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Lost-wax process-investment casting for the machining industries.

As scientific research develops tougher materials, their machinability ratings tumble in direct proportion to their temperature and chemical resistance. One way to compensate for this is to use electrical-discharge machining (EDM) and electrochemical machining (ECM). Unfortunately, with these processes there are high initial costs for the machines, as well as relatively low rates of production. Furthermore, undercuts require additional setups and a second set of electrodes.

However, there's an alternative that is not widely known in this industry. it's the lost-wax process-investment casting. It produces complex shapes with close tolerances and fine microfinishes, and it achieves high production rates-all at low cost.

The first step of his process is making the " master." Masters must be made somewhat larger than the part needed, to allow Or shrinkage of the gum-rubber mold during vulcanization.

The master is then embedded in rubber and is retained in a standard mold frame (Figure 1). You now connect the master to the mold frame with the aid of a round rod, which will later permit you to supply the mold with wax. The mold is vulcanized under heat and pressure.

Next, cut the mold and remove the master and the connecting rod sprue). Now you've created an exact cavity" of the part. The third step is to fill the cavity or mold with molten wax by using a wax injector. Once you inject the wax, let it cool in the mold for 15 to 60 sec. The length of time is directly related to the thickness of the cross-section of the wax.

After finishing a number of waxes, mount them on a wax base. This could be done on a mushroom-like base, or on a wax rod, like a tree (Figure 2). The size of the part determines which of the two methods is best. The wax base is poured on the center of a rubber base, which later serves as the base of the investment flask.

After the waxes are attached to the base, you must wash all waxes in pure benzine or similar cleaning fluid using adequate ventilation). Continue by placing a stainless-steel tube into the rubber base, thereby creating a flask Figure 2).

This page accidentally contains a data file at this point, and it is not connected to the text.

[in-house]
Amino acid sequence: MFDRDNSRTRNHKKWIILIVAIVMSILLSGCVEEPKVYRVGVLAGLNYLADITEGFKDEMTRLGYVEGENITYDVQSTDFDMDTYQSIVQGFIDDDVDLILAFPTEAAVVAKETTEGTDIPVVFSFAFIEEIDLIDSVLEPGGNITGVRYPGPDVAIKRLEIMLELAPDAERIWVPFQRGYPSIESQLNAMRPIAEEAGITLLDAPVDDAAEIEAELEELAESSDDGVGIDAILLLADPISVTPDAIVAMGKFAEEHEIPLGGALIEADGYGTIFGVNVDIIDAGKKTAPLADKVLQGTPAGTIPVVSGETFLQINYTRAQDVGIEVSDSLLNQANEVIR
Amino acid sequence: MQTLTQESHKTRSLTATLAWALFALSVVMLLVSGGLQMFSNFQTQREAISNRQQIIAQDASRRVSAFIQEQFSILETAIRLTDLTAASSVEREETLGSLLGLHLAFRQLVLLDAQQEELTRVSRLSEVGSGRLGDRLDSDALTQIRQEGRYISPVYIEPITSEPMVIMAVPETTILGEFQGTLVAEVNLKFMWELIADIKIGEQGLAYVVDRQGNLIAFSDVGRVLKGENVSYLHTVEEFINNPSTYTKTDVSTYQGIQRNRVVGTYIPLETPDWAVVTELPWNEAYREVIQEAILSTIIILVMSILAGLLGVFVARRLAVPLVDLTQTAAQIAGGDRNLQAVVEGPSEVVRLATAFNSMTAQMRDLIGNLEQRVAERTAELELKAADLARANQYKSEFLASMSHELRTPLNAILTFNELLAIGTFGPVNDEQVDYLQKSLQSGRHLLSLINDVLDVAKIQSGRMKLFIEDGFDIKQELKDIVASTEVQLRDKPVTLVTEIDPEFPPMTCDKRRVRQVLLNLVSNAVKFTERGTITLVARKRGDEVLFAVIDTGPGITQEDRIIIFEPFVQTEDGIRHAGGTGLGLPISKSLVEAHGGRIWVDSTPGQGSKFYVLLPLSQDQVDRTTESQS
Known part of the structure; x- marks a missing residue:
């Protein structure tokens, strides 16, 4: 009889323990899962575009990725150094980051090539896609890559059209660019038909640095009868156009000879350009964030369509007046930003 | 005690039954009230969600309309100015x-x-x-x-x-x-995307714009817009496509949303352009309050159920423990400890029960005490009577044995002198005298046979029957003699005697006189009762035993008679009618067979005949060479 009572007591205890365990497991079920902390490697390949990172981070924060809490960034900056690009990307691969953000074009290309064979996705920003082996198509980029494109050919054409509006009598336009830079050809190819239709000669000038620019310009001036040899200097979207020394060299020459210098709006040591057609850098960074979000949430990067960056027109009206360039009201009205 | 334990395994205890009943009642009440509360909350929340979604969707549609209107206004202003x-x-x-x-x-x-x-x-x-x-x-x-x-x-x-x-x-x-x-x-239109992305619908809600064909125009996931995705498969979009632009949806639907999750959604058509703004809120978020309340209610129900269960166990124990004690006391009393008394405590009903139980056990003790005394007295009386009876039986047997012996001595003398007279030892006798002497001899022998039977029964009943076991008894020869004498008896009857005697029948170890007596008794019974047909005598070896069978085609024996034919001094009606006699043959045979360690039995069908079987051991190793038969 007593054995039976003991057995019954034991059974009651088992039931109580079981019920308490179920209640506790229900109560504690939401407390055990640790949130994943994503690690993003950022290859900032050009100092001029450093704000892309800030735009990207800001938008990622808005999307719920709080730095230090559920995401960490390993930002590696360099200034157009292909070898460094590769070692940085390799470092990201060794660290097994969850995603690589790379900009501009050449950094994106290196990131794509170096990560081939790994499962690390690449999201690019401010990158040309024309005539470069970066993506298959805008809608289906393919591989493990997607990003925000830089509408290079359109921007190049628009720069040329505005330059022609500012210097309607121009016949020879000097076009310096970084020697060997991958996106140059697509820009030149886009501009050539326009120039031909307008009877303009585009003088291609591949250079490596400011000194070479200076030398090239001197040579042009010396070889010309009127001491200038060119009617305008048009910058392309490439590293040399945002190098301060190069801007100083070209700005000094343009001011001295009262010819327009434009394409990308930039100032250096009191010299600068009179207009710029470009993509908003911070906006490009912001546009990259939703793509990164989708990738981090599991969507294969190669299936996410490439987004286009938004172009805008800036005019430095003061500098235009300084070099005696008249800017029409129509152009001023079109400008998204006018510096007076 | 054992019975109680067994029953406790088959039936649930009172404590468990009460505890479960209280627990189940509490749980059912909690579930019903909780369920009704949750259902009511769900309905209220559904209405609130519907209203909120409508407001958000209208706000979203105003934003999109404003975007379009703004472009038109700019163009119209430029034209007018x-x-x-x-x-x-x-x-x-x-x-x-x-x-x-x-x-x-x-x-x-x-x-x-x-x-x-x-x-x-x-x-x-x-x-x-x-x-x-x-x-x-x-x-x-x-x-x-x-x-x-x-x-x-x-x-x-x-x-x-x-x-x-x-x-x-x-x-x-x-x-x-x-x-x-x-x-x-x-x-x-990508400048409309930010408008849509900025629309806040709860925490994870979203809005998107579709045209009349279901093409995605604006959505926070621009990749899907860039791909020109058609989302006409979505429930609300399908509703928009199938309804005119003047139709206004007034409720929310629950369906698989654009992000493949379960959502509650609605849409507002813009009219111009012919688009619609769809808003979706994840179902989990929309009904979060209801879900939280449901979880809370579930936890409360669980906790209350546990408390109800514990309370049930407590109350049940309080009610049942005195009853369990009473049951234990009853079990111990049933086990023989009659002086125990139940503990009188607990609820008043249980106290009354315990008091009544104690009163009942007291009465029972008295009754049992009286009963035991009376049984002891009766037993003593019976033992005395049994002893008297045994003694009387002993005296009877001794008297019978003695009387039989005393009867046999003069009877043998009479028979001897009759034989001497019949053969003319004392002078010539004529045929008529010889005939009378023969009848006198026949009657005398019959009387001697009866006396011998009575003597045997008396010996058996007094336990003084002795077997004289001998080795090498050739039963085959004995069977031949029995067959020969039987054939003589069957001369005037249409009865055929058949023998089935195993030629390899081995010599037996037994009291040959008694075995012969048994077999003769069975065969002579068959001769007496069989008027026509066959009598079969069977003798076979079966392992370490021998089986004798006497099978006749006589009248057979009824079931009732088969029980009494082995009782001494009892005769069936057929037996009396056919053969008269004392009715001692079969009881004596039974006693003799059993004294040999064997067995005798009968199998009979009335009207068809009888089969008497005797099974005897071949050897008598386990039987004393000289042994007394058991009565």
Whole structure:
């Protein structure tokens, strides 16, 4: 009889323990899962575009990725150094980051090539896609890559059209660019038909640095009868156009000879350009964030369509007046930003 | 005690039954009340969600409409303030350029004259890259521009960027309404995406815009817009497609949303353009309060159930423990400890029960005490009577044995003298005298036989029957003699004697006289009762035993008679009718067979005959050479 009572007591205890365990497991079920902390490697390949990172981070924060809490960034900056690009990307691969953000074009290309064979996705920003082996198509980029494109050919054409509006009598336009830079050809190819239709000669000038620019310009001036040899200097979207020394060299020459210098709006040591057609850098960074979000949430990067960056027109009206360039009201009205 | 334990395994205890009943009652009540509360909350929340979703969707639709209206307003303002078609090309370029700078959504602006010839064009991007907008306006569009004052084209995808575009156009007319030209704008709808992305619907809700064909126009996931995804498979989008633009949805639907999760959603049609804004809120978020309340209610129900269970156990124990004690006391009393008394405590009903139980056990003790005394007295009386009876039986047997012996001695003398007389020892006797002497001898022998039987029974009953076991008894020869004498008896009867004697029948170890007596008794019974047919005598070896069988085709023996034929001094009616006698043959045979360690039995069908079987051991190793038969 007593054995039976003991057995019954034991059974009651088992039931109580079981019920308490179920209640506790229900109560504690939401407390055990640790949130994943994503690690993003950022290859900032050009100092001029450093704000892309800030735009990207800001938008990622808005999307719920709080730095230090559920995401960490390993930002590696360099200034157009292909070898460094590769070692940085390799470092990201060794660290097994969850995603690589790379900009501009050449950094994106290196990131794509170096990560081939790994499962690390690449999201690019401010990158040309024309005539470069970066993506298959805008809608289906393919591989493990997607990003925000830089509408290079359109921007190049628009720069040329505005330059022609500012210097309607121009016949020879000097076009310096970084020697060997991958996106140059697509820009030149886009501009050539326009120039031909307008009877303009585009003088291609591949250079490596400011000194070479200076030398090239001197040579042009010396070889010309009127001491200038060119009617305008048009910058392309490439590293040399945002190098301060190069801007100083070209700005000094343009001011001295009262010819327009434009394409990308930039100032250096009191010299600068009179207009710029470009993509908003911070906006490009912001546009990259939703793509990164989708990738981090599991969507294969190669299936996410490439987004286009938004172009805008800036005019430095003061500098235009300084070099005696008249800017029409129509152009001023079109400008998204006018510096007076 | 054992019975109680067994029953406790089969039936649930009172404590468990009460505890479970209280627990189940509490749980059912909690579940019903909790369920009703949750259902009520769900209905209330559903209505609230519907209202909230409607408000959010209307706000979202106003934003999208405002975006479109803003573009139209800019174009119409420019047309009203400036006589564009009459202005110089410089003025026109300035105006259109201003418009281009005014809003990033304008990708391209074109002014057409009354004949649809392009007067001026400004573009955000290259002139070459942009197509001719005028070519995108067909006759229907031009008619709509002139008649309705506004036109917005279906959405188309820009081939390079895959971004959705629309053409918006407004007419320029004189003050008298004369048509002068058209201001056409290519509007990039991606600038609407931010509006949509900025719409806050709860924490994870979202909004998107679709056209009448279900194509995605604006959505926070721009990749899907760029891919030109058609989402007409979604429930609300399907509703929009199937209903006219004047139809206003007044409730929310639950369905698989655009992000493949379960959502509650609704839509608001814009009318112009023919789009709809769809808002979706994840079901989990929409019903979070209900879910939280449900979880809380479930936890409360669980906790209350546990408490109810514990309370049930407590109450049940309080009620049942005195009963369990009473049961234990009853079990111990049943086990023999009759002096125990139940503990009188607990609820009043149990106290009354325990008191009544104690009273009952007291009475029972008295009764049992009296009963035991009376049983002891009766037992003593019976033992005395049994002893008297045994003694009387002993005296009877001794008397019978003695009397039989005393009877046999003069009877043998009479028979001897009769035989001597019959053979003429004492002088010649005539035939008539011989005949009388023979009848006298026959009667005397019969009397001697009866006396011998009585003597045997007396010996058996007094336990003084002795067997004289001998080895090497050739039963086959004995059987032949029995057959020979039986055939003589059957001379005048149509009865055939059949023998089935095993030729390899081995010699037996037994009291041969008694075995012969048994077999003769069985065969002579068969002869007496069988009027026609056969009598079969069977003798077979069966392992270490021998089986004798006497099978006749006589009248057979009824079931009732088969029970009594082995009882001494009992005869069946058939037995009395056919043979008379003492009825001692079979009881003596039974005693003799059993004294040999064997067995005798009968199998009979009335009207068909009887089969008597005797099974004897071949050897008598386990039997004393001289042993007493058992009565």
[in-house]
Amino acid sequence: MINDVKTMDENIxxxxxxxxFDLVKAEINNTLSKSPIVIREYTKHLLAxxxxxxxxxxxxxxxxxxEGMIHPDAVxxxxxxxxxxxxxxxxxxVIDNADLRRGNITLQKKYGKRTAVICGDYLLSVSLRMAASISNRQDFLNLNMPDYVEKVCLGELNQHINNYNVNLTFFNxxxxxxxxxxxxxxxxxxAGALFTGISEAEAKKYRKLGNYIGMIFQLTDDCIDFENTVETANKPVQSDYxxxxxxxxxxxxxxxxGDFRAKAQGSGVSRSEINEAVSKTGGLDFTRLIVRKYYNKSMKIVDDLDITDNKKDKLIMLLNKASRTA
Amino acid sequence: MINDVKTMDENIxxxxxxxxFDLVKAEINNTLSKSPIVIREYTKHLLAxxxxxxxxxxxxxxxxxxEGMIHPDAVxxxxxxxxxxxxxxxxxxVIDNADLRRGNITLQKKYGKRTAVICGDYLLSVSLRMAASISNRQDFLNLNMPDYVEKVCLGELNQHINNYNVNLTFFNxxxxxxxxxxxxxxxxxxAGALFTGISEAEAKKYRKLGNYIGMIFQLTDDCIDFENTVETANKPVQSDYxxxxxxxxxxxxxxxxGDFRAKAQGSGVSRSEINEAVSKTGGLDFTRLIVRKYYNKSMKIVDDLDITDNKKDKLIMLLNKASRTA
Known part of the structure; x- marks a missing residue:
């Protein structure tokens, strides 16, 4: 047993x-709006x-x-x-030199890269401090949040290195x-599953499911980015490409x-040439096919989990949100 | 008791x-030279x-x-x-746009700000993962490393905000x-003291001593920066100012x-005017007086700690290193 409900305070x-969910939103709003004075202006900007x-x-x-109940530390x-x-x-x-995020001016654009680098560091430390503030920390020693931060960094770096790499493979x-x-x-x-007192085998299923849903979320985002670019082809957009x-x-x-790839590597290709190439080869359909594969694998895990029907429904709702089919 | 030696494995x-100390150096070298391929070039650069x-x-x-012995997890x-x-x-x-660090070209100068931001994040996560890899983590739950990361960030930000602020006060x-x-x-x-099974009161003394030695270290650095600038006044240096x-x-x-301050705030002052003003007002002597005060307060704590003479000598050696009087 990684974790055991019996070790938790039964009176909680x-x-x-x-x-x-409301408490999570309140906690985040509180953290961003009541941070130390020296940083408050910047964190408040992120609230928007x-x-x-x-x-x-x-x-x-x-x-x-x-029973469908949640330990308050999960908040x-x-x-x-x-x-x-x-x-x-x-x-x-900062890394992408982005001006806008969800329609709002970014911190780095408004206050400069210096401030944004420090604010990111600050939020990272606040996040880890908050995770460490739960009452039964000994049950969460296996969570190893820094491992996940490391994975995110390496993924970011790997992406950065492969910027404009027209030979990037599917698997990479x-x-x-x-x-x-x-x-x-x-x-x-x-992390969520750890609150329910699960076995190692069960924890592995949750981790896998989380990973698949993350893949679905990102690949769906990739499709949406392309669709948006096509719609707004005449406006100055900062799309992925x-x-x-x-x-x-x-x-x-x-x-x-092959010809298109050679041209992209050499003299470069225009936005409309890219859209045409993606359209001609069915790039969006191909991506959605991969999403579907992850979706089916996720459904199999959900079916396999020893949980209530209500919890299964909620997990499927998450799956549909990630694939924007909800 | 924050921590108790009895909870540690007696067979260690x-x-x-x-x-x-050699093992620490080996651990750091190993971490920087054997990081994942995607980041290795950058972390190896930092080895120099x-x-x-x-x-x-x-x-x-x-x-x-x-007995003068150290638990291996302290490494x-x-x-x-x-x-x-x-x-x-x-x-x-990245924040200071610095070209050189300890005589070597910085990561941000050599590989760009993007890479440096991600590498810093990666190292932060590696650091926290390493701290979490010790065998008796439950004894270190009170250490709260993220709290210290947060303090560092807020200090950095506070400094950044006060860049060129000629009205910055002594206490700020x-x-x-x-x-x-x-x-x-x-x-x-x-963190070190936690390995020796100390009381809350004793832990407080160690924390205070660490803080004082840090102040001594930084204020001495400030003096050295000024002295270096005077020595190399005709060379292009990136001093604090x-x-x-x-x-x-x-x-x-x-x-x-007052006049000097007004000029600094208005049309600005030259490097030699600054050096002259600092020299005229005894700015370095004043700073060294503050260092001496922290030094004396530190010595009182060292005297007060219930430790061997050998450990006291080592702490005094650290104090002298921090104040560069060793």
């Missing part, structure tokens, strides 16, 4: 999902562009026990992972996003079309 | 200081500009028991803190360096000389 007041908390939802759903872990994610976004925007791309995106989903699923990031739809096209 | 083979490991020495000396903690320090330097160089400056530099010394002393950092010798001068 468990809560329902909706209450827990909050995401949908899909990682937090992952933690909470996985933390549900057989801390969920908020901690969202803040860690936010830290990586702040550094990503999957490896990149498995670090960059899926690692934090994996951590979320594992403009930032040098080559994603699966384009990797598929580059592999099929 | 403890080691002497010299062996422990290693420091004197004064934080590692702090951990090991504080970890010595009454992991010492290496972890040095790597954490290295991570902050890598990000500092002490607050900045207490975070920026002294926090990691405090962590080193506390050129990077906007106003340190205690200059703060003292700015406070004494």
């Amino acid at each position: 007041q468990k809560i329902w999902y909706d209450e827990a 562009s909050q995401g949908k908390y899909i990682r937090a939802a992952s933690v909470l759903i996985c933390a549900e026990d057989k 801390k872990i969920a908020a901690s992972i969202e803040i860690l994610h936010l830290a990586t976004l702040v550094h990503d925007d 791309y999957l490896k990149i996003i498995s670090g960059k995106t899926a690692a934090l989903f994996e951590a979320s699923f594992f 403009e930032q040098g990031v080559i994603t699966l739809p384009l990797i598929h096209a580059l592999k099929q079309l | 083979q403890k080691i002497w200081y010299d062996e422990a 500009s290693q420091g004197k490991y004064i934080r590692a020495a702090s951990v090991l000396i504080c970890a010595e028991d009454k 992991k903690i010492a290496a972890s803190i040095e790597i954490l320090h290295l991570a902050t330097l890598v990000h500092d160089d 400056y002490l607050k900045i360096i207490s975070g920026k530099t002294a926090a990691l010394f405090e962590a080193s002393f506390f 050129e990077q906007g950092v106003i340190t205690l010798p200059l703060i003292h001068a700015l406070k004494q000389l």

The next step involves mixing the investment material (which is like plaster of paris) with water. After the material in the flask is hard, remove the rubber base and put all the flasks in a burn-out oven. The oven has to be equipped with a cam-operated or PLC temperature and time control for the burn-out cycle. Gradually bring up the oven to 1400 F and drop it back to 1000 F. The entire burn-out cycle, which is about 6 1/2. hr to 7 hr long, can take place overnight. By the time work begins. the flask should be at 1000 F, ready for casting.

Several different types of casting machines can be used: centrifugal, vacuum, or vacuum-assisted centrifugal. Some of the more complex machines have their own melting units. To melt the alloy, you can use one of the several methods: torch, blower-equipped melting furnace, electric melting furnace, or high-frequency melter.

The biggest problem a caster faces is porosity, which could take away from the integrity of the material. To prevent this, you must fill the cavity completely and make certain that molten metal is available in sufficient quantity before the actual casted parts solidify. If the source of material, such as the sprue, hardens before the part turns from liquid to solid, you won't be able to fill out the part. The solution is to make certain that the diameter of the sprue is large enough to ensure adequate material flow.

You can achieve greater productivity by combining masters in a multiple-cavity mold. After completing the first metal master, cast several more using the investment process. To compensate for rubber shrinkage, deposit the needed amount of metal on each cast master by electroplating. Then put them together in a single rubber mold to create a multiple-cavity tool.

Investment casting, coupled with the lost-wax process, isn't a cure-all, but certainly provides a worthwhile, cost-effective alternative that is gaining wider acceptance and recognition as a high-production method.

For more information, circle 899.
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Copyright 1991 Gale, Cengage Learning. All rights reserved.

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Title Annotation:Special Supplement
Author:Noreman, Peter
Publication:Tooling & Production
Date:Sep 1, 1991
Previous Article:The need for interim checks for CMMs (Special Supplement)(Coordinate Measuring Machines)
Next Article:The information explosion.

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